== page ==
The study shows that the “combined approach” results in significant declines in population and fertility rates, and significant economic growth.
Recommendations in the study report include those to accelerate fertility decline, through:
- Increasing the national budget for family planning programs and technical capacity to implement them;
- Reinforcing interventions to reduce child mortality, such as immunizations and better nutrition;
- Improving the health status of the population through better infrastructure, investments, and addressing pervasive diseases;
- Fast-tracking education reform for a skilled workforce, including seeing more girls attending school; and
- Enhancing economic activity and job creation; and improving governance and accountability.
To build on the momentum generated by the study report, Pathfinder/Tanzania is partnering with the Population Action International/Advance Family Planning to orient relevant national stakeholders, including members of the National Reproductive, Maternal, Newborn, Child and Adolescent Health (RMNCAH), on how to use the Demographic Dividend modeling presented in the study report. Through this orientation, Pathfinder will seek to see a focus on family planning in all RMNCAH interventions, and a focus on the concept of Demographic Dividend modeling and family planning in the 2018-19 annual national development plan.
DRC: Stories from the Field
Information about Gender Establishes Balance in the Household
In the next several newsletters, E2A will share stories from its community-based family planning project in Democratic Republic of the Congo. This story depicts how the project has begun to address harmful gender norms.
In Catherine Tshipama’s household, it is not uncommon to find her husband Kamamba cooking for their family of 10.
"With my many births and miscarriages, my health had really deteriorated,” said Catherine. “When my health improved, [my husband] agreed that I would go to distant villages to buy food products. When I do these long distances, he prepares food for the children and for me. He draws water when I am tired or sick. This has contributed significantly to improving the living conditions of our family."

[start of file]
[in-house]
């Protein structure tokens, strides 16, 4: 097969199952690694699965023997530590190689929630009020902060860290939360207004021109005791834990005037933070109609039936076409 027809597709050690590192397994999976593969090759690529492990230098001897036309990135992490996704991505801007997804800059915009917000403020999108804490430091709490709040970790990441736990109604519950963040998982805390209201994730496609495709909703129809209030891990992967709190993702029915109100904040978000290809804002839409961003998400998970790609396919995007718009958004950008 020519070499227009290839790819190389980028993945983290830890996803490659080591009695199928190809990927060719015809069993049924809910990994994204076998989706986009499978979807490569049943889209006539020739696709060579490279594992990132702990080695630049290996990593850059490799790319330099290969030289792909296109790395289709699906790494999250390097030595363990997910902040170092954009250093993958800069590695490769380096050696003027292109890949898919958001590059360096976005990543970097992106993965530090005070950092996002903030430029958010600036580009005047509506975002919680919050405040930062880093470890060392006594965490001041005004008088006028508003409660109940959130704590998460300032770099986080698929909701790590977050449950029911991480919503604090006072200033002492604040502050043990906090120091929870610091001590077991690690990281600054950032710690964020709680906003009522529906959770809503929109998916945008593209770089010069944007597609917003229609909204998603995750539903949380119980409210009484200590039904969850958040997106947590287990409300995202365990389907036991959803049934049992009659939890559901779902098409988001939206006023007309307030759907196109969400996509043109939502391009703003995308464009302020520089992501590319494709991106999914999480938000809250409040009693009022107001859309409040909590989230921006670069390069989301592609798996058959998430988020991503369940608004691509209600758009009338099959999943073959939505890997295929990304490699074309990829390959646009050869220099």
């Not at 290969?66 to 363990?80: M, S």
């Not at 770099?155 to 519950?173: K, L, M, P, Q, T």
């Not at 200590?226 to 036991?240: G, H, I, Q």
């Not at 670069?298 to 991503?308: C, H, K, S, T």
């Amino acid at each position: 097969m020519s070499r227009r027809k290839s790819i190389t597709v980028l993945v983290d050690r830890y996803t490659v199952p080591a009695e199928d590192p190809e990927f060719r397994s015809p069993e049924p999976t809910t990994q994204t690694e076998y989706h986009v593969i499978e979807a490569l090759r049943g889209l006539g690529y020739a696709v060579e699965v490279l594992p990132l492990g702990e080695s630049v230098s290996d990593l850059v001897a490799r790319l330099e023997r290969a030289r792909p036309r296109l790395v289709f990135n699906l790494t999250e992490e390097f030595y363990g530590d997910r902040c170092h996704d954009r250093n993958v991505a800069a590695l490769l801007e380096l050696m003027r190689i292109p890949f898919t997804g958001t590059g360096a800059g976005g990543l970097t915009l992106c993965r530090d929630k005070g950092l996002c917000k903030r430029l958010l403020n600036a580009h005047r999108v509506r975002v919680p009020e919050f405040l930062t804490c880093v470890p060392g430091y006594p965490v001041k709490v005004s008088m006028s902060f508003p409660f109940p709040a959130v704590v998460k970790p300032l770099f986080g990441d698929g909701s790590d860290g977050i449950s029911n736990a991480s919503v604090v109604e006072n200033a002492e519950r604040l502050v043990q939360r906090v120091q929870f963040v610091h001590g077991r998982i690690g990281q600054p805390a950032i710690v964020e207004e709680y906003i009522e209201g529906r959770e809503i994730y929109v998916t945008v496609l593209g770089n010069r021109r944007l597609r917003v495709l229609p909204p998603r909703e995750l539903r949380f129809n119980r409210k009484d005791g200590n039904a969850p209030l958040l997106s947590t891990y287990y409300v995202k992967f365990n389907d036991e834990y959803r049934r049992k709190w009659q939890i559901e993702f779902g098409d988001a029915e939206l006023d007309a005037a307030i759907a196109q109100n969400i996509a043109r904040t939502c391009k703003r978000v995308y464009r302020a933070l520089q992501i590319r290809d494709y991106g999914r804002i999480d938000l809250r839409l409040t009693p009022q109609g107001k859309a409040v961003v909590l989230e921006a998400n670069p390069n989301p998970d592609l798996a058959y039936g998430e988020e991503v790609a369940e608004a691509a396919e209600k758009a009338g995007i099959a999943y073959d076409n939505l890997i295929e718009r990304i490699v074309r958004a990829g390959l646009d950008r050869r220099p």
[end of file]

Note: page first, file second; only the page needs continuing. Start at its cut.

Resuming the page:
Catherine and Kamamba married over two decades ago when Catherine was 17. But Kamamba’s willingness to take on more household tasks began recently, after Liliane Kabue, a community-based distributor supported and trained through E2A, reached the couple. The idea to more fairly share household responsibilities arose from discussions with Liliane on healthy gender norms.
In most families in DRC’s Kasai Central Province, where the couple lives, things like cooking and gathering water are the woman’s responsibility.
E2A’s gender approach includes integration of gender into family planning sensitization efforts. Community-based distributors, like Liliane, lead activities and discussions that explore if and how different gender norms limit women’s and men’s access to family planning information and services, their communication about health issues, and their roles in making decisions about their own health and the well-being of their families. Community-based distributors make a special effort to engage men, not only to support family planning use, but also to reflect more broadly on how gender norms affect their relationships, choices, and actions in their families and homes.“
"The information received about gender has enabled us to establish a balance in our home where each of us fulfills the tasks of fulfilling our family,” said Catherine.
“I understand one thing: gender [equity] does not detract from my masculinity,” said Kamamba. “In preparing food for my family, this masculinity did not stick to the pan. When I go on the road, they do not call me "ma-man" because I have prepared food or drawn water; they always call me 'daddy.'"
“Before meeting Mrs. Liliane, I did some tasks, but without real conviction,” he continued. “Today, my wife will trade and bring food products home. We do fields together, and all these activities allow us to raise our children well and have them study.”
Through contact with Liliane, the couple also decided to use family planning. "At first, I took lightly any speech that spoke to me about family planning or gender,” said Kamamba. “When Mrs. Liliane made us aware, especially after my wife has several miscarriages, I started to get interested.”
In their 22 years of marriage, Catherine has had 12 pregnancies, 2 of which resulted in miscarriage and 2 children who are now deceased. It was just after her last miscarriage that Liliane reached the couple with information about family planning.